Have you ever had one of those moments when you felt like everything was a part of you and you were a part of everything? I had one of those last week.
It was a Wednesday evening, maybe 6:30 or so. Cloudy, warm, but not hot. I decided to go for a short run through the timber at Whitetail Country Estates (a resort near Mt. Pleasant, Iowa that my boyfriend Brett manages). [[*UPDATE 6-2012* Brett no longer works for Whitetail, so I’ve removed the link above.]] I love running in the summer and we’ve been fortunate enough to have summer-like temperatures for the last few weeks in March so I’m jumping right on that. Anyway, I had been running for about a mile when I came up to an open field of tall grass and weeds. The trail that cut along the field was really more of an area of slightly shorter grass with pretty irregular ground underneath. So I was focused less on my environment and more on making sure I didn’t roll my ankle.
As I huffed and puffed my way down this long stretch of field, I started looking around and I noticed a few white tails off in the distance bobbing in and out of the tall in a similar rhythm to my stride. Now, it’s nothing new to see deer in the timber at Whitetail. I mean really, it’s called Whitetail Country Estates. But I usually see them from my car or from the utility vehicle that we drive around the property. There was nothing between me and the deer that day but grass. So I kept running, and watching. My attention turned completely away from my level of fatigue and my strides per breath and instead on the growing crowd of tails bouncing around me. After about a minute of this, there were deer everywhere around me, running in front, on both sides and behind me. Some were as close as 10 feet away. We were all running together. Not towards anything, or away from anything – just running. Doing what our bodies are meant to do. And we weren’t afraid of each other. It was magic.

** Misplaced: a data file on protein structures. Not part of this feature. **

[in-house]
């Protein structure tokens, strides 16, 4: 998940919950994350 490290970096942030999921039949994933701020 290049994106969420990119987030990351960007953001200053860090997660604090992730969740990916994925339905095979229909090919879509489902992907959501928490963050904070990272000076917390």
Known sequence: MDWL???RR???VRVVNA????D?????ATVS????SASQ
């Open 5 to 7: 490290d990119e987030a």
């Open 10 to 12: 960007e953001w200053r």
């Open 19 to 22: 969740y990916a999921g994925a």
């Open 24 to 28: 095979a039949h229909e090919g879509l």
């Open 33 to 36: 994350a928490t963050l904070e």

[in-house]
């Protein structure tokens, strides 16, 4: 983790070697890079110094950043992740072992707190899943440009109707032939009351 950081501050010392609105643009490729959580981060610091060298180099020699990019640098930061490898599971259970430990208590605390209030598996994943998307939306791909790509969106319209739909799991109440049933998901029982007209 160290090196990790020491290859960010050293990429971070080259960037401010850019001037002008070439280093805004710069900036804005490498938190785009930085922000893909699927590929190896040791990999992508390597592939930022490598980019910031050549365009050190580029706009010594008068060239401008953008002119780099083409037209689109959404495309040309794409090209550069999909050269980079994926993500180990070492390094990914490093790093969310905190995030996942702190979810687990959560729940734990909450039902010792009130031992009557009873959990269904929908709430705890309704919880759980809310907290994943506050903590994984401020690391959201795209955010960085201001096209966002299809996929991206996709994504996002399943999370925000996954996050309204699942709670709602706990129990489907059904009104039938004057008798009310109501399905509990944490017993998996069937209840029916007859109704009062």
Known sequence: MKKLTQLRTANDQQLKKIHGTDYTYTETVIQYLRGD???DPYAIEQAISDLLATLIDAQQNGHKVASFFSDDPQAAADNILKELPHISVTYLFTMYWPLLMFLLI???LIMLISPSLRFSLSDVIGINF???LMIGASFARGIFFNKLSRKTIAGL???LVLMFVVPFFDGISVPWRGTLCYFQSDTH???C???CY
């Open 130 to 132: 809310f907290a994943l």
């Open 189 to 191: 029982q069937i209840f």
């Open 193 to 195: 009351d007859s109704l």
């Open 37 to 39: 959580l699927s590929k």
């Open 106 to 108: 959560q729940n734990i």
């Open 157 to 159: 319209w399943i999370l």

Of course, whitetail deer run faster and longer than humans, and certainly me, so the moment didn’t last long, maybe only a few minutes. But in those few minutes, I felt myself let go of everything that had exhausted my mind all day long: the difficult students, the impossible responsibilities of work and life, the guilt and self-doubt that comes with a good Lutheran upbringing. After those minutes passed, I silently said thank you to God, to nature, to Brett, to this beautiful piece of Iowa landscape, to everything in this world, for allowing me to be a part of it and pulling me back to the amazing beauty of the real world. Because it’s when I’m trapped in my mind that I’m not a part of the world at all.
Anyway, I finished my run strong, took a really awesome shower and had a wonderful night with my honey. My life is beautiful, because I am more than just me. I am a part of something bigger and better than I can possibly describe, and it is a part of me.